Veteran Stories:
Robert John Clayton

Army

  • Group of soldiers from the 20th Battalion of the Canadian Expeditionary Force. Robert John Clayton is third from the right. Collection courtesy of Mr. Clayton's son, Lorne Clayton.

    Group of soldiers from the 20th Battalion of the Canadian Expeditionary Force. Robert John Clayton is third from the right. Collection courtesy of Mr. Clayton's son, Lorne Clayton.
  • Robert Clayton's cap badge from the 20th Battalion. When he enlisted, he signed up with the 126th Battalion but was later transferred to the 20th.

    Robert Clayton's cap badge from the 20th Battalion. When he enlisted, he signed up with the 126th Battalion but was later transferred to the 20th.
  • Robert Clayton's dog tag, showing his rank of private.

    Robert Clayton's dog tag, showing his rank of private.
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Transcript

My name is Lorne Clayton. I'm the youngest boy in the family. There are eight of us in the family, and I'm the youngest son. There were two sisters and six brothers.

My dad had joined up in Toronto in 1915 with 126th Battalion, and as I believe, he trained for at least nine months. In 1916, he went overseas, and when he arrived (I believe he arrived in France) he was transferred to the 20th Battalion, from the 126th, and sent up to the front, and he fought at Vimy Ridge in 1917. He got an honourable discharge. He was in the service for roughly three years. When he came home, he had asthma. And of course, when many of the returning troops from the First World War came home, apparently he took up a trade, and he was a baker. He raised our family in the city of Toronto. He died in Sunnybrook in 1952, at fifty-three years of age.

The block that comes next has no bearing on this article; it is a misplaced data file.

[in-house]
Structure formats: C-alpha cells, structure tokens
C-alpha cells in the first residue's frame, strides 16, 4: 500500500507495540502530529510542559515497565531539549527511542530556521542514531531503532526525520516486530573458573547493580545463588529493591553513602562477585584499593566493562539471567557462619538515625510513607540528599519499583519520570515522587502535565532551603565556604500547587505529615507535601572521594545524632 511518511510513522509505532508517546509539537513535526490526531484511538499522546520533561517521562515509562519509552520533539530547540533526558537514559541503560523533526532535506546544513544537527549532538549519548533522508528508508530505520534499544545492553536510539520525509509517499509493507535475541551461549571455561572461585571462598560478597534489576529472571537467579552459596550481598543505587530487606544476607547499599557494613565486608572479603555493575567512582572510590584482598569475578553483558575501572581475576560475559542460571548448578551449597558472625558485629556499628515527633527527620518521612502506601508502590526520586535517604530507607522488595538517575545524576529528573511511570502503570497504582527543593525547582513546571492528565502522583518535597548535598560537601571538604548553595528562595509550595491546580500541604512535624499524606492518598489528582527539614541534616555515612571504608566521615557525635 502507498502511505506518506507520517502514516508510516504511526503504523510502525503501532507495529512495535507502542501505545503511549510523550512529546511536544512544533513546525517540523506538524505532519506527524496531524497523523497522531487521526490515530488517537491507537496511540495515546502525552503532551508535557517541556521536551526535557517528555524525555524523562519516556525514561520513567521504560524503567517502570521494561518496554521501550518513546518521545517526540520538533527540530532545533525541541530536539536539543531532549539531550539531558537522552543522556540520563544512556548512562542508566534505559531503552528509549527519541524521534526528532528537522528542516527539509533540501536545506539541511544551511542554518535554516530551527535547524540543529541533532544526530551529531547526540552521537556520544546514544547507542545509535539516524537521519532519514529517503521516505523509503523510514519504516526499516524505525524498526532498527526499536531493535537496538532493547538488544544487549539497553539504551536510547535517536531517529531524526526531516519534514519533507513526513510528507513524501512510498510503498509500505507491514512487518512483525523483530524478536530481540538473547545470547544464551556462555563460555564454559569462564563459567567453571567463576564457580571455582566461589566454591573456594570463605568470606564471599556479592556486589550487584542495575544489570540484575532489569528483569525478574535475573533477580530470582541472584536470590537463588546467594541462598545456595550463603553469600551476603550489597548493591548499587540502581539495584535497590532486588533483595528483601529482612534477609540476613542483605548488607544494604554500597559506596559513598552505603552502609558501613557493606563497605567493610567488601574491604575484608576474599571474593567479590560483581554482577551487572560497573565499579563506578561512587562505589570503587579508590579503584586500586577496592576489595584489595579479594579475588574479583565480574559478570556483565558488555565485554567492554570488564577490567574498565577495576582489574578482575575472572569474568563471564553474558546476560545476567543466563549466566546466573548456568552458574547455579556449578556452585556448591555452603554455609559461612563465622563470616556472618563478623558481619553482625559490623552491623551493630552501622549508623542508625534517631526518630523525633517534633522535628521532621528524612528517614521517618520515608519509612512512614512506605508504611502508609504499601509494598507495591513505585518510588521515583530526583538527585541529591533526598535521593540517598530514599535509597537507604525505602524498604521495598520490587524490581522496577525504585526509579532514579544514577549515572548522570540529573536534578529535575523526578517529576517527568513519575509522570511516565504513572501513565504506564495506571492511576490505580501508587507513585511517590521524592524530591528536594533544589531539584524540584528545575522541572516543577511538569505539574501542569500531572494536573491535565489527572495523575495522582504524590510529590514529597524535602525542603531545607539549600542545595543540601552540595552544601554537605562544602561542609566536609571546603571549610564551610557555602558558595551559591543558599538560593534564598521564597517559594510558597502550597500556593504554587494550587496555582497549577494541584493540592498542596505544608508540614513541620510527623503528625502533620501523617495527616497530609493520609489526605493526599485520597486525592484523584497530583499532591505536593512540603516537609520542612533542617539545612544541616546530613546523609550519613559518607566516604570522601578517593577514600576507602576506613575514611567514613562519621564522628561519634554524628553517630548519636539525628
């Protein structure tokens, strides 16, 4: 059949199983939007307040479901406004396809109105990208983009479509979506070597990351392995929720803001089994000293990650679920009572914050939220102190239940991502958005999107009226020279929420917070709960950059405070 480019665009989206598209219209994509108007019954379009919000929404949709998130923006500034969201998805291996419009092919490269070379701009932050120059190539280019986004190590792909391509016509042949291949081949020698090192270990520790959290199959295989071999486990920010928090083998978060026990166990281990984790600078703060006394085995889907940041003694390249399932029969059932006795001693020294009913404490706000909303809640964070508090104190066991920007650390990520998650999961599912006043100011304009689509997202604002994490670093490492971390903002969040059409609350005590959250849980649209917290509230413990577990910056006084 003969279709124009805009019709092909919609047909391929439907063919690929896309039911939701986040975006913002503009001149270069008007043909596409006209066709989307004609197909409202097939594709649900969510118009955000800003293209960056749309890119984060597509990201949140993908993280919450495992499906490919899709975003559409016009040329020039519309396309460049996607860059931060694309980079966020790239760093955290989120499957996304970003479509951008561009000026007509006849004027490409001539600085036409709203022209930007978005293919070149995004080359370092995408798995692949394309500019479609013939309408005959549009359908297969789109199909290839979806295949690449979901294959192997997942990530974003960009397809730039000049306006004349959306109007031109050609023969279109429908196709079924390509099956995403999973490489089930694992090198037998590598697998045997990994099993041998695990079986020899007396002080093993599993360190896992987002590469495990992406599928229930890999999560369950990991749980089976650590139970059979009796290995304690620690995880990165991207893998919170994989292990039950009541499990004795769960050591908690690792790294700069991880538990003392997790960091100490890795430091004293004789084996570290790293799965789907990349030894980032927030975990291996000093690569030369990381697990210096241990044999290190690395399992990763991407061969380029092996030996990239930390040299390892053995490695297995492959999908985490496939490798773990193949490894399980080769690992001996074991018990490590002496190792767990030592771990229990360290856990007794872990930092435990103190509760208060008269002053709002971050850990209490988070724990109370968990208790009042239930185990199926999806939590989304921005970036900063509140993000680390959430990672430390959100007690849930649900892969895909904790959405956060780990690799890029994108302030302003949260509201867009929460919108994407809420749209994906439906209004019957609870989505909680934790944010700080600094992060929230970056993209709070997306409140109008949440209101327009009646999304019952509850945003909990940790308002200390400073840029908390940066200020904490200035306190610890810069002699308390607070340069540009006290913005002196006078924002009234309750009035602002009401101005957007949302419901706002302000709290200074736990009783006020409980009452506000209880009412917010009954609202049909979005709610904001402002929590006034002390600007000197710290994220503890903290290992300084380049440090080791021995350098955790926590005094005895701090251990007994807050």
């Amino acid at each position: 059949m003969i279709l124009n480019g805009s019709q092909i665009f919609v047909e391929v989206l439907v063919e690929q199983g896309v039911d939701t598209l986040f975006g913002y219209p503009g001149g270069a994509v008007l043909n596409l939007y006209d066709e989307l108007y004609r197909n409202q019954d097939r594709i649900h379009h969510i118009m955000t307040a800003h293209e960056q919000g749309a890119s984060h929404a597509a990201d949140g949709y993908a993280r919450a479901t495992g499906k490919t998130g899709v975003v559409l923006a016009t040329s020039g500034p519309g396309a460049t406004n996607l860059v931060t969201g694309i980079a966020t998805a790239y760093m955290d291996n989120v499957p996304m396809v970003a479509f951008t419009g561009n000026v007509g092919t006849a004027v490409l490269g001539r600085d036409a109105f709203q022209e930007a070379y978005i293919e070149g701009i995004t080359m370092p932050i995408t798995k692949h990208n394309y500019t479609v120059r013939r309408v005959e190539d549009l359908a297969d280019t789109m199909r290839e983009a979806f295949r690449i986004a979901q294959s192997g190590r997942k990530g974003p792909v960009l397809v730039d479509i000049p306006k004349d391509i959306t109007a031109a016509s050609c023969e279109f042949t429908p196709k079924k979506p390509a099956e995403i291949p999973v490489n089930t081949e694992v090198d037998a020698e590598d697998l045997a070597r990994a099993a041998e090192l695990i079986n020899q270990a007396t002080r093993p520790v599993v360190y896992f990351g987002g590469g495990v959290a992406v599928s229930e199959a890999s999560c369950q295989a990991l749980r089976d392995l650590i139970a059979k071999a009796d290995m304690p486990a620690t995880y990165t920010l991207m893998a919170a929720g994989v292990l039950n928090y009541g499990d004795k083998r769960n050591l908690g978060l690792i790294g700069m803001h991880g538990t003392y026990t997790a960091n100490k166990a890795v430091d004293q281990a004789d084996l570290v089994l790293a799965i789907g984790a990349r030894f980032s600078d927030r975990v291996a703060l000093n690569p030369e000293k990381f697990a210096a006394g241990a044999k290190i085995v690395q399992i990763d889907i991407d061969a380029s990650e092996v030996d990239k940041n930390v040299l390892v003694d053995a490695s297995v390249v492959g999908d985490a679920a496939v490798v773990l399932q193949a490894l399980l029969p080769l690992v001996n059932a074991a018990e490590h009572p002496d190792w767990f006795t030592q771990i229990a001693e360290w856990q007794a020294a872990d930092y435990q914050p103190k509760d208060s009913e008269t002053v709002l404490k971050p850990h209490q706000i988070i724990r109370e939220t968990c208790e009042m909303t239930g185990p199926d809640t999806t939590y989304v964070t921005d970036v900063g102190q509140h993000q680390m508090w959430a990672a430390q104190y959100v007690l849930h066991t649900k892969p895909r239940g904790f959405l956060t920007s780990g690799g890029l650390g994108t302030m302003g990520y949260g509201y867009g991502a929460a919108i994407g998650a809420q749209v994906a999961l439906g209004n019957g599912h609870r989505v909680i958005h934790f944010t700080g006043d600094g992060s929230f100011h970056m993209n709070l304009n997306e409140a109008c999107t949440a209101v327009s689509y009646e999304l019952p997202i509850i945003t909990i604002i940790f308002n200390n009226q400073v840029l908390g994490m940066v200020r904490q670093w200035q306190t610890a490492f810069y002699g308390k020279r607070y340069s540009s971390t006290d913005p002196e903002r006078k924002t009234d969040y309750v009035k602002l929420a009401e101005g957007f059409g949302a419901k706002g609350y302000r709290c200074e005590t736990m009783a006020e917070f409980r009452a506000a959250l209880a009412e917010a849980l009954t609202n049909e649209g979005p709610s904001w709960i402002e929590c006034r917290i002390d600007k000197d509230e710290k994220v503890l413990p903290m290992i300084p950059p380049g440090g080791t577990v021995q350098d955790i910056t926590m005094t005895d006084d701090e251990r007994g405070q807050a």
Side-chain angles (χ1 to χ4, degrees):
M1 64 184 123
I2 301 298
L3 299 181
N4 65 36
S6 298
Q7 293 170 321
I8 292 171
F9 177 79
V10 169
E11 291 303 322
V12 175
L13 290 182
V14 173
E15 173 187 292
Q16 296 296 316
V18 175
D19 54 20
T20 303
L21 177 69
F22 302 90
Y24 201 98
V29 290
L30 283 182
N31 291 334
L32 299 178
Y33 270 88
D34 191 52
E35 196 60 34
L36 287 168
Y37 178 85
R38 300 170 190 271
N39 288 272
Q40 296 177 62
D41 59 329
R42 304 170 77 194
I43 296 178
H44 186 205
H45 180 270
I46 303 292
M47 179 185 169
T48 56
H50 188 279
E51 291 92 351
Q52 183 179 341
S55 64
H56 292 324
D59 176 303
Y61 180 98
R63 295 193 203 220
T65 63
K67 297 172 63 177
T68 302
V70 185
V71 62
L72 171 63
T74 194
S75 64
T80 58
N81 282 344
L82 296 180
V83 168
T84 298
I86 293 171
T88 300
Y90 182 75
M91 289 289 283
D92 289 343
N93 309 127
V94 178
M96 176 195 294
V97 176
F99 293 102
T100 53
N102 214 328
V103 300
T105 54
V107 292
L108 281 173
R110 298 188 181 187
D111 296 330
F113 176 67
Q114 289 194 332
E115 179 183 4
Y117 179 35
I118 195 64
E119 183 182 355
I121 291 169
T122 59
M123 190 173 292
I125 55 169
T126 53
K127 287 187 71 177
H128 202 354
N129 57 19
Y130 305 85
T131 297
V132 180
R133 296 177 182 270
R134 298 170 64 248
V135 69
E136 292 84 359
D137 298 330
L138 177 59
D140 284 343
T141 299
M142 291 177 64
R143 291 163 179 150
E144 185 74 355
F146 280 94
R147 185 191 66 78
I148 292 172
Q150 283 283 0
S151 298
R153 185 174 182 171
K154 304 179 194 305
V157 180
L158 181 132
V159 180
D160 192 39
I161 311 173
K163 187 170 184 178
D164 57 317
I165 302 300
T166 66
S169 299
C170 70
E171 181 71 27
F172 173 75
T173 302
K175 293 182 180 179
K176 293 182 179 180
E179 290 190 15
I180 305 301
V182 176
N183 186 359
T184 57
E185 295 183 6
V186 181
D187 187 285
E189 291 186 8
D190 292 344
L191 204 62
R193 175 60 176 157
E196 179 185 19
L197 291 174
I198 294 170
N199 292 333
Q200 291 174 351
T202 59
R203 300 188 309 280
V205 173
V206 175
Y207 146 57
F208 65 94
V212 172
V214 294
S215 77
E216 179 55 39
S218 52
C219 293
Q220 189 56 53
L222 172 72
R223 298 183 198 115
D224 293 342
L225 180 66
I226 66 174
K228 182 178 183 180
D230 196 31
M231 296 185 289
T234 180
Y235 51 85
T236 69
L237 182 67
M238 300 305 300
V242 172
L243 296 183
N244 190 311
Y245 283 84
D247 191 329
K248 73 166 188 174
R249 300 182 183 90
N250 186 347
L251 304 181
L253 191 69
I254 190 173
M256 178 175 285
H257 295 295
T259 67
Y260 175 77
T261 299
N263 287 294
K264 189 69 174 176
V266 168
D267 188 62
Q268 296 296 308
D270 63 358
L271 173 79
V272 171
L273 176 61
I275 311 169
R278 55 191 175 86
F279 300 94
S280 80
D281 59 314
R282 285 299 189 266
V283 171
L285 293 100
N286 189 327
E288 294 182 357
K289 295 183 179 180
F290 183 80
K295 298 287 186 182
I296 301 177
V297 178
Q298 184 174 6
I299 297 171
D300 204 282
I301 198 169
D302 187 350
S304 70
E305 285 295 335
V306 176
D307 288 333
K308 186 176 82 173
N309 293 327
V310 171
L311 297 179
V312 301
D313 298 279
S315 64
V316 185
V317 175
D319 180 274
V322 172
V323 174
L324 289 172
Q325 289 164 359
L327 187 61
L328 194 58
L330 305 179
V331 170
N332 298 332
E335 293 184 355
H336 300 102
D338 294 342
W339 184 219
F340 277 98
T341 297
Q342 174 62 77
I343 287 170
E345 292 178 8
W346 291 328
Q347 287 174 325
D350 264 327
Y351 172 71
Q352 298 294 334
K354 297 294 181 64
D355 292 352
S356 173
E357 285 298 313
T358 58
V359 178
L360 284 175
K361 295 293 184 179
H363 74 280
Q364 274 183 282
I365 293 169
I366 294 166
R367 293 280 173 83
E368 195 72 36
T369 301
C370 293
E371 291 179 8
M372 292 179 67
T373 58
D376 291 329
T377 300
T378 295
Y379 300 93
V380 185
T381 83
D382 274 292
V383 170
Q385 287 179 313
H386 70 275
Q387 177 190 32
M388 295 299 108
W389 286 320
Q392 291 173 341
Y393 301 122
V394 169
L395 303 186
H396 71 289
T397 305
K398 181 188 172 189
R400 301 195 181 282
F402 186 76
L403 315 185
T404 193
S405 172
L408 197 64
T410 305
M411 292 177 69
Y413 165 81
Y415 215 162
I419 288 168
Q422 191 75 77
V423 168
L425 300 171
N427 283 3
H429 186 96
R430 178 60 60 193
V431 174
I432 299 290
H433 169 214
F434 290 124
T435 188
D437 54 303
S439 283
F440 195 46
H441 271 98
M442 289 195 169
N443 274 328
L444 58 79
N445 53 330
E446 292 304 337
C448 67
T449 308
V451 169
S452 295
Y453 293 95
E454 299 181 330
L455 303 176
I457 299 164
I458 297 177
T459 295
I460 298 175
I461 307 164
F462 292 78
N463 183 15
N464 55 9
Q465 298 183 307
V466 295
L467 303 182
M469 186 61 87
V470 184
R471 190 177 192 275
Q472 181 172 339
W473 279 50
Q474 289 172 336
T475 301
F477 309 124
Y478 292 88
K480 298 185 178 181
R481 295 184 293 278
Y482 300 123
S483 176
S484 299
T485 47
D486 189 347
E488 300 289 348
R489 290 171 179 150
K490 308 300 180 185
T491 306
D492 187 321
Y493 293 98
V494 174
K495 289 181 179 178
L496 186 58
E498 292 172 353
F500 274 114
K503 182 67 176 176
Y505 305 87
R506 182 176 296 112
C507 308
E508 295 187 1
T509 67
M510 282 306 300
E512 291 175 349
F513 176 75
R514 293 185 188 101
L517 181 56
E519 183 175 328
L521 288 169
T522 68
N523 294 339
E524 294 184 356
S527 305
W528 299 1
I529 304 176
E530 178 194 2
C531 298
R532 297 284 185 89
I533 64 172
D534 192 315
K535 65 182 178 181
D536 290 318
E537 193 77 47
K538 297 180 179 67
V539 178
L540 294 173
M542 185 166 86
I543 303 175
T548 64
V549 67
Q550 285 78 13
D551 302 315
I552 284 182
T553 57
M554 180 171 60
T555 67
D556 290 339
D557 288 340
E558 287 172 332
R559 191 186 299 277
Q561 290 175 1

I can remember the book that was about the 20th Battalion. There was a piece on him, where in one particular action that they were in, they were sent on an advance patrol, and apparently they came across this clearing. There were roughly, as I understood, about sixty to seventy Germans, and they had apparently surrendered to these men – this advance patrol – and they marched them back into the camp. I took a trip myself in 1993 to Normandy. I went to see the Juno Beach Centre, and on that trip I was able to go into the cemeteries in Holland, as well as Beny-sur-Mer in France, and we were able to go up to Vimy Ridge and see the monument at Vimy Ridge, which was quite a monument to see. It was quite an experience for me to see that monument and see the place where dad fought in 1917. So that was quite a thing for me.

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